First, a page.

Publication Abstract

Authors: Giordano L, Rowinski M, Gaudenzi G, Segnan N

Title: What information do breast cancer screening programmes provide to Italian women?

Journal: Eur J Public Health 15(1):66-9

Date: 2005 Feb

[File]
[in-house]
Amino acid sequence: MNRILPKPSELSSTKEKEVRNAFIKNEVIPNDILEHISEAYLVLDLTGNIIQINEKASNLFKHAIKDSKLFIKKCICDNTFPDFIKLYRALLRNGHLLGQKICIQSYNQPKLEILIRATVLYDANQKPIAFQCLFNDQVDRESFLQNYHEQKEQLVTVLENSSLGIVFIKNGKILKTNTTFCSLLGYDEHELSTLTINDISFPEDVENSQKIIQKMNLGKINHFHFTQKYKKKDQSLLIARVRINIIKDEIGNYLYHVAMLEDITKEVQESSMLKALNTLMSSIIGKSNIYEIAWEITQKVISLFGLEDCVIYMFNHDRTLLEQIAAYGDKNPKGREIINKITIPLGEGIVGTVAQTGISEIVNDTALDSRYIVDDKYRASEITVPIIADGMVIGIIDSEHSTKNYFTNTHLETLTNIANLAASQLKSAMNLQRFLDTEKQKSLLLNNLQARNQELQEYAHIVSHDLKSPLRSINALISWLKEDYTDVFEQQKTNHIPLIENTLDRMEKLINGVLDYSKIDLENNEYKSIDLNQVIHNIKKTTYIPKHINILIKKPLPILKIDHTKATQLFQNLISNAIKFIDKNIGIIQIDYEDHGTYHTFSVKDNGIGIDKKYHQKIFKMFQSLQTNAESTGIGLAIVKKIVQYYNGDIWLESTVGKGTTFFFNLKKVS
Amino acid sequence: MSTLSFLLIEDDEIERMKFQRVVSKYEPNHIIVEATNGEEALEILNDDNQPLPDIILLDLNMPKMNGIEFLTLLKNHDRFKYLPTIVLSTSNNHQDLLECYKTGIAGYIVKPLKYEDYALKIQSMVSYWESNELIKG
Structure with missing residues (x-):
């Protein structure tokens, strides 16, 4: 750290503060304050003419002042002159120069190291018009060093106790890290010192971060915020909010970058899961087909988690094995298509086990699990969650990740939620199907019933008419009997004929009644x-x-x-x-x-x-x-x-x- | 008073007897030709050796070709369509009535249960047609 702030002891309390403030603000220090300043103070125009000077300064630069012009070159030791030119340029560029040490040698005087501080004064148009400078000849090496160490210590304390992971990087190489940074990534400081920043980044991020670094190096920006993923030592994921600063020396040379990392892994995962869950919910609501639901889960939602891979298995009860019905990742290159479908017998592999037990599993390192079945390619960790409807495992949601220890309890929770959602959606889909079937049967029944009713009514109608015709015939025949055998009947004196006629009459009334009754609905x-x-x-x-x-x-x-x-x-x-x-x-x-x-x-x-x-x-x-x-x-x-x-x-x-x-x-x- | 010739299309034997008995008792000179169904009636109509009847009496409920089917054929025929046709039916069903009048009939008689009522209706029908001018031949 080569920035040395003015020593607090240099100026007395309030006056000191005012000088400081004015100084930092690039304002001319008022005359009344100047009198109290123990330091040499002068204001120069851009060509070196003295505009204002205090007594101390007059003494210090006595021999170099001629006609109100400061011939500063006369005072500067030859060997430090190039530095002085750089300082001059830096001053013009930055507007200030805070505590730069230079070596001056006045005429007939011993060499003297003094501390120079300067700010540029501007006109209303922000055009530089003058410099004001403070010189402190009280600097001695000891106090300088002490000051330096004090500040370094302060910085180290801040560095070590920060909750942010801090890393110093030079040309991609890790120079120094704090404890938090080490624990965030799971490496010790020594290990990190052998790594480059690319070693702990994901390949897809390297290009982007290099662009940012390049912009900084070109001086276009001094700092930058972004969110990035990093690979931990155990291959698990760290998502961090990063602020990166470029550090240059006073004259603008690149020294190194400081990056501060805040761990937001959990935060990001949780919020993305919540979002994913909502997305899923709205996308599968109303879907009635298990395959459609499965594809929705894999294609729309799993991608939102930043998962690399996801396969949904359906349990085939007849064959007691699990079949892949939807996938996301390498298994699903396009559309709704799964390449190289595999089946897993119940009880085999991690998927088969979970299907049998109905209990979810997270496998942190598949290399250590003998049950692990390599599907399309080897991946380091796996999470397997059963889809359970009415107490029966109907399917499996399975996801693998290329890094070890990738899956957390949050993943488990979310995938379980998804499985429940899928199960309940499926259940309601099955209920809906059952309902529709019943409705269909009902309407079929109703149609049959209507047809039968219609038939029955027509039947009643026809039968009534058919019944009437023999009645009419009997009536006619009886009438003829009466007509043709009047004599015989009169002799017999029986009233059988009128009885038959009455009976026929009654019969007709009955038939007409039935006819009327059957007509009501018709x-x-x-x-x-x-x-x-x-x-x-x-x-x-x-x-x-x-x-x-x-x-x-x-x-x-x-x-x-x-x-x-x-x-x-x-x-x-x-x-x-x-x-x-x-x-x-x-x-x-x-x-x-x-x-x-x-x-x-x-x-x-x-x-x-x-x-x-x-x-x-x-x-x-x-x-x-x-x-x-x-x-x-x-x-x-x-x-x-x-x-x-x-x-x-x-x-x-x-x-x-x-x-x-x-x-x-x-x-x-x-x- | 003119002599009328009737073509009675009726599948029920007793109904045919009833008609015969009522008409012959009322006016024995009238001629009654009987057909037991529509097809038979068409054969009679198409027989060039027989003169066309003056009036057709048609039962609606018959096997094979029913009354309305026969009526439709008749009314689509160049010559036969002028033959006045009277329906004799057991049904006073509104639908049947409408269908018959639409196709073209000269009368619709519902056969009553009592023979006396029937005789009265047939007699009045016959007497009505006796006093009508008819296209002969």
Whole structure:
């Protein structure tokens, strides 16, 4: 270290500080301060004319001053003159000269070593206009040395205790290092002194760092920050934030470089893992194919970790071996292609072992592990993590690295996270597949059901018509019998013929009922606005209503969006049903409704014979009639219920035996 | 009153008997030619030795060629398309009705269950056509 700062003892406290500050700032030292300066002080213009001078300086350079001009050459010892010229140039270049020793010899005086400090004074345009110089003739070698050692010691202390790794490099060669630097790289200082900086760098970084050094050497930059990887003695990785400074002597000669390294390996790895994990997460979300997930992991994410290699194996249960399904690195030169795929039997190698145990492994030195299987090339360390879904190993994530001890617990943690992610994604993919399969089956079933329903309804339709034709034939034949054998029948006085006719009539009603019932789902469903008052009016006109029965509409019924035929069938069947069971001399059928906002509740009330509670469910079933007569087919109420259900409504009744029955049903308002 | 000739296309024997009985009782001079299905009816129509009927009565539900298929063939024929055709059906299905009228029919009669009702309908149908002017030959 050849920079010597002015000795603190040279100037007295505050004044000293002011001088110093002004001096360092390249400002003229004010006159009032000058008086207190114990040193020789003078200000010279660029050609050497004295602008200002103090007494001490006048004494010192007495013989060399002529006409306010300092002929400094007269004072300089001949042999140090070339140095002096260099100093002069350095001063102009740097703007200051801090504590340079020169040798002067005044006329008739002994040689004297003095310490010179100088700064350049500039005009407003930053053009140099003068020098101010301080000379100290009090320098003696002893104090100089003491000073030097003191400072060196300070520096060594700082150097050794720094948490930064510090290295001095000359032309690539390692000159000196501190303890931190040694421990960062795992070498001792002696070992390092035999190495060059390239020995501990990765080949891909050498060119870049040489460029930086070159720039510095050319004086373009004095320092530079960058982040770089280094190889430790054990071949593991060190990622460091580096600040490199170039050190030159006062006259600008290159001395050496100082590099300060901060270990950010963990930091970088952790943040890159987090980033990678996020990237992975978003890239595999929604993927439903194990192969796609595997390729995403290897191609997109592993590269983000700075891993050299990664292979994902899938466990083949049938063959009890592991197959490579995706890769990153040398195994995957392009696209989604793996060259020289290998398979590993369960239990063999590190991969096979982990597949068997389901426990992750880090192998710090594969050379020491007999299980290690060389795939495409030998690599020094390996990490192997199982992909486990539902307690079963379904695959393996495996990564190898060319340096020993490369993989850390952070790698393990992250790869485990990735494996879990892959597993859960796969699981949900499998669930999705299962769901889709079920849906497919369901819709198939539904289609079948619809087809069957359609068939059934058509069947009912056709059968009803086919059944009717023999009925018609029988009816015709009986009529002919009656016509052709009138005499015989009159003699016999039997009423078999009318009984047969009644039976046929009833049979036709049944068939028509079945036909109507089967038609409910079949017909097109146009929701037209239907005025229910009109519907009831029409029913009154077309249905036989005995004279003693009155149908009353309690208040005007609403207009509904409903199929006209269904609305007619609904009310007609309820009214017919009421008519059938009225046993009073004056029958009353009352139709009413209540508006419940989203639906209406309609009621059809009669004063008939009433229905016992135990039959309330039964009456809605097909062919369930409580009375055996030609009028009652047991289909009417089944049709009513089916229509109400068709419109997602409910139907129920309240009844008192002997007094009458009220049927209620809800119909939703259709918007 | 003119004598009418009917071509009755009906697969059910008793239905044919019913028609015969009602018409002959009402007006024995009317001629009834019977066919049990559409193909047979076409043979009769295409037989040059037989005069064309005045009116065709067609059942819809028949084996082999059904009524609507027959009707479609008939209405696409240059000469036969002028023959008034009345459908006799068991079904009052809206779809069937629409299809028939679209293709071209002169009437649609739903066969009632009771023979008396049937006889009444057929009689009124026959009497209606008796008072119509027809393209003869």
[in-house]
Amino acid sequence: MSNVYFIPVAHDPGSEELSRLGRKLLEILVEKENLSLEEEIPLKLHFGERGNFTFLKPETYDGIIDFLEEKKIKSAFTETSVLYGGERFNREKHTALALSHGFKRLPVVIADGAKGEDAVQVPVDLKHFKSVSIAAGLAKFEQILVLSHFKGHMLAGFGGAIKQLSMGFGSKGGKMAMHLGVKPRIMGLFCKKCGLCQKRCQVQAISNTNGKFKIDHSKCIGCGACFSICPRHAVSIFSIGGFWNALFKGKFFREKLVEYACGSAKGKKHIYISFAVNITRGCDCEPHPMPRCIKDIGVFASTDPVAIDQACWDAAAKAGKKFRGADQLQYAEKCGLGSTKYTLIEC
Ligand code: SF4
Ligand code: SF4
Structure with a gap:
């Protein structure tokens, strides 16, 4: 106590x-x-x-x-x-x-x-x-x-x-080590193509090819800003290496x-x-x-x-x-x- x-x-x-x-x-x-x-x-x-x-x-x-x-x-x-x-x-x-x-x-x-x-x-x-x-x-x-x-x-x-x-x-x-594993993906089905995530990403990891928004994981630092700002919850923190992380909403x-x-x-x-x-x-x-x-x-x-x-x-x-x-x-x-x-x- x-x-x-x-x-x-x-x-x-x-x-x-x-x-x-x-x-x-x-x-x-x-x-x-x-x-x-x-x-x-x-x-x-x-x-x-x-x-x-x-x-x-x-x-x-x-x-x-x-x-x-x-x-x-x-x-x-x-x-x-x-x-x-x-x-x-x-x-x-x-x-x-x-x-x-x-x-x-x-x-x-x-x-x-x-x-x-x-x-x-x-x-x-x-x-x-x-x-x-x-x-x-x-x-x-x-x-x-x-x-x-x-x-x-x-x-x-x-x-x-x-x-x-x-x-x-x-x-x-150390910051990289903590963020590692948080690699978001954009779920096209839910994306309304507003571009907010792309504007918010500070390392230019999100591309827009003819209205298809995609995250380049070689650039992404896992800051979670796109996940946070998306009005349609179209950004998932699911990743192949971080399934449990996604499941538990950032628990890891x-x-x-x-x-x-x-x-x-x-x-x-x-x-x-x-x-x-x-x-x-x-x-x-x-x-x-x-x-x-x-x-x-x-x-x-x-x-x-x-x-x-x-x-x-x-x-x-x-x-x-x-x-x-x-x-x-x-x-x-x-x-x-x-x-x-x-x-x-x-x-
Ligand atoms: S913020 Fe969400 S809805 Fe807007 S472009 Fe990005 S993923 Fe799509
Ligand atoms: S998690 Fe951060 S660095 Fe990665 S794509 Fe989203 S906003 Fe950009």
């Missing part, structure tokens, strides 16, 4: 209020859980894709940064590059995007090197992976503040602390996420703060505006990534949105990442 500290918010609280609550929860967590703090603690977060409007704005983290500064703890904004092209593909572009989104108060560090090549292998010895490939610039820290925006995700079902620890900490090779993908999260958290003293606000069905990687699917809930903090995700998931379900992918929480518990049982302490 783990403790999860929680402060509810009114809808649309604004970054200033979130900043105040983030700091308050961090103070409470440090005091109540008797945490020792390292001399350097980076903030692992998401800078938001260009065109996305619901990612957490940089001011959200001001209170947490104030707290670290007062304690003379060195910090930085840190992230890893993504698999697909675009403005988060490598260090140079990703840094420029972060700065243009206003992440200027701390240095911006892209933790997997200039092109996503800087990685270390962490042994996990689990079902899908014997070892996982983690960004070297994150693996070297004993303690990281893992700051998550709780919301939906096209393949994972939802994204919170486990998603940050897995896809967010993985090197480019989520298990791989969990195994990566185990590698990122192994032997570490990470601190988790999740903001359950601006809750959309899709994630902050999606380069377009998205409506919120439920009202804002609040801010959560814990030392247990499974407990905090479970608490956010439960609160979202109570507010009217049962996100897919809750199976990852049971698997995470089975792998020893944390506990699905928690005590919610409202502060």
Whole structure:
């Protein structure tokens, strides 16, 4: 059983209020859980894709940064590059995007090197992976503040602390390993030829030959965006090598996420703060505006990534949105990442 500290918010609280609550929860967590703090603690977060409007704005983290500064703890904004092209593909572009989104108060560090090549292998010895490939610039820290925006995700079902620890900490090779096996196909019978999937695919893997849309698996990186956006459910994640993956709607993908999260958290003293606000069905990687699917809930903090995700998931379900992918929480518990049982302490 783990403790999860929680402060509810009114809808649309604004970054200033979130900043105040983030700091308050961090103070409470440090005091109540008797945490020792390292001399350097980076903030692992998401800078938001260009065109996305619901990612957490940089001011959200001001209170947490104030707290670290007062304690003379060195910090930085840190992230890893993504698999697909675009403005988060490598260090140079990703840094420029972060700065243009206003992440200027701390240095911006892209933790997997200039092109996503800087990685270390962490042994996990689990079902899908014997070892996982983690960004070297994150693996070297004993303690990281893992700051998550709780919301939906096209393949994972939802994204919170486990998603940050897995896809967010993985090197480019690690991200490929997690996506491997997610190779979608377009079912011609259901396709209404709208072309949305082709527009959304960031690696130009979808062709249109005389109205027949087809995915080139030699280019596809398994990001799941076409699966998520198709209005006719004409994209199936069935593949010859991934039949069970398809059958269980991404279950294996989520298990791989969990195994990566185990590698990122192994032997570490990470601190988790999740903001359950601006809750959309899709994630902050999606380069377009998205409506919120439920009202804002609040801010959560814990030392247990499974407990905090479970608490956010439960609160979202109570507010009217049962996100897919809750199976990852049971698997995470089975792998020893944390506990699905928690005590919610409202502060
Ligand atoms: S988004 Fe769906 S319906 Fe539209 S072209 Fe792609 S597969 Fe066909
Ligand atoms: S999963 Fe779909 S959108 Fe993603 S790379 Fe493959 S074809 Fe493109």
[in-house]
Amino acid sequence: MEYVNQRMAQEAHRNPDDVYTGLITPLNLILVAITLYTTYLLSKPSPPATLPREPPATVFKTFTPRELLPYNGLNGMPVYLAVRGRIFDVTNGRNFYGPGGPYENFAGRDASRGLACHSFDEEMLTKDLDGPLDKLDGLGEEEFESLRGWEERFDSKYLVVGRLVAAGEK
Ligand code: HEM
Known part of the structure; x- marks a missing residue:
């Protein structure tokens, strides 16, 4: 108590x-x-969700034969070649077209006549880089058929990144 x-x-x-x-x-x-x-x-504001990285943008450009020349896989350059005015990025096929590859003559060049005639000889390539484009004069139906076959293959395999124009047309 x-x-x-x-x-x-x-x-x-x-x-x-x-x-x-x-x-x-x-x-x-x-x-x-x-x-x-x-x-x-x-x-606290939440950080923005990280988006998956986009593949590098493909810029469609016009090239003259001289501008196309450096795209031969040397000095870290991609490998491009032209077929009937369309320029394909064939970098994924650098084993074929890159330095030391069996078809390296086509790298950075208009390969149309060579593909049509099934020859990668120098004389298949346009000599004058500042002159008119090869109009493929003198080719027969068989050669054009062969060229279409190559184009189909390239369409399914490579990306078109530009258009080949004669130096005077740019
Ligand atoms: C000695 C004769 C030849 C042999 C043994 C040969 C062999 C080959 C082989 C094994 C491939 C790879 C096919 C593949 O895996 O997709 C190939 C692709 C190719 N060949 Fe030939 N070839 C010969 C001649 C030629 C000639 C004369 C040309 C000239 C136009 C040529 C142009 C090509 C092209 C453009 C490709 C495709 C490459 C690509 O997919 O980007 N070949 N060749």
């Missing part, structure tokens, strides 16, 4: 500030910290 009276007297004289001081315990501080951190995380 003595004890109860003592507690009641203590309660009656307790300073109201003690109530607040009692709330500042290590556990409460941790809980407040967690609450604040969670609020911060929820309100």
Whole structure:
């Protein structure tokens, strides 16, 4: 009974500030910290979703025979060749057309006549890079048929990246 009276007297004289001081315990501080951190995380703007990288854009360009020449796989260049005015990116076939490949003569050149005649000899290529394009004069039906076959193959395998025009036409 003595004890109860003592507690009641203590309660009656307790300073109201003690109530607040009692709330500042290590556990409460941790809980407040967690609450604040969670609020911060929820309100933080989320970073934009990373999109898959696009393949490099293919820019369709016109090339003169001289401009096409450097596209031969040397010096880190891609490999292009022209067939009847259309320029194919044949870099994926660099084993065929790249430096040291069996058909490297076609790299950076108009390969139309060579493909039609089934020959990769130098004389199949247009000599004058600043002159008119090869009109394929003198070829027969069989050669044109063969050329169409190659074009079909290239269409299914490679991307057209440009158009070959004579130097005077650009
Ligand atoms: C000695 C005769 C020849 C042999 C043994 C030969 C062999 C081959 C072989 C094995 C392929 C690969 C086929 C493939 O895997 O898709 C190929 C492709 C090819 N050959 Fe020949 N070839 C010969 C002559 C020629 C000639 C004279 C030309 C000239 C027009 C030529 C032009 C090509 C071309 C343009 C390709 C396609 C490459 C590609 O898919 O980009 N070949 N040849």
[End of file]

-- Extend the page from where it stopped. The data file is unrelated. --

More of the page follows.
Abstract: BACKGROUND: The necessity for building transparent communications on screening, both on risks and benefits, is shared by different sides. There is a general agreement that women cannot express informed participation in a screening programme unless they are given sufficient and adequate information. In the screening context, invitation letters and leaflets often represent the principal source of information. METHODS: The invitation letters and leaflets used by 60 Italian breast cancer screening programmes were collected and evaluated through a score sheet developed to verify what kind of information is provided to women. RESULTS: Fifty-three programmes (88.3%) answered and 47 (78.3%) were included in the analysis because of completeness of the material. Nearly all the programmes provide satisfactory practical information and explanations about the test and the screening aims. Few programmes mention the possibility of some discomfort during the exam (34.0%), quality assessment and operator training (10.6%), double reading (6.4%), radiation risk (6.4%) and data confidentiality (6.4%). 68.1% provide information about recall but none describes what a further assessment involves. Epidemiological and numerical information are present only occasionally. CONCLUSION: Although satisfactorily disclosing some practical information, Italian invitation letters and leaflets remain inadequate in managing side effects and risks. If accurate information has the potential to enable women to make an informed choice, the information inviting them to perform screening test must be improved. Further researcher is needed to evaluate different decision aids to meet women's desires for balanced information. KEY POINTS: Women cannot express informed participation in a breast screening programme unless they are given balanced information both on benefits and adverse effects. Current information screening tools often omit relevent data, fail to give information about pros and cons and ignore uncertainties. Despite these considerations, how much information should be given and how this should be framed remains still to be defined. Further evalutions of different ways of presenting information and women's information needs are urgently required.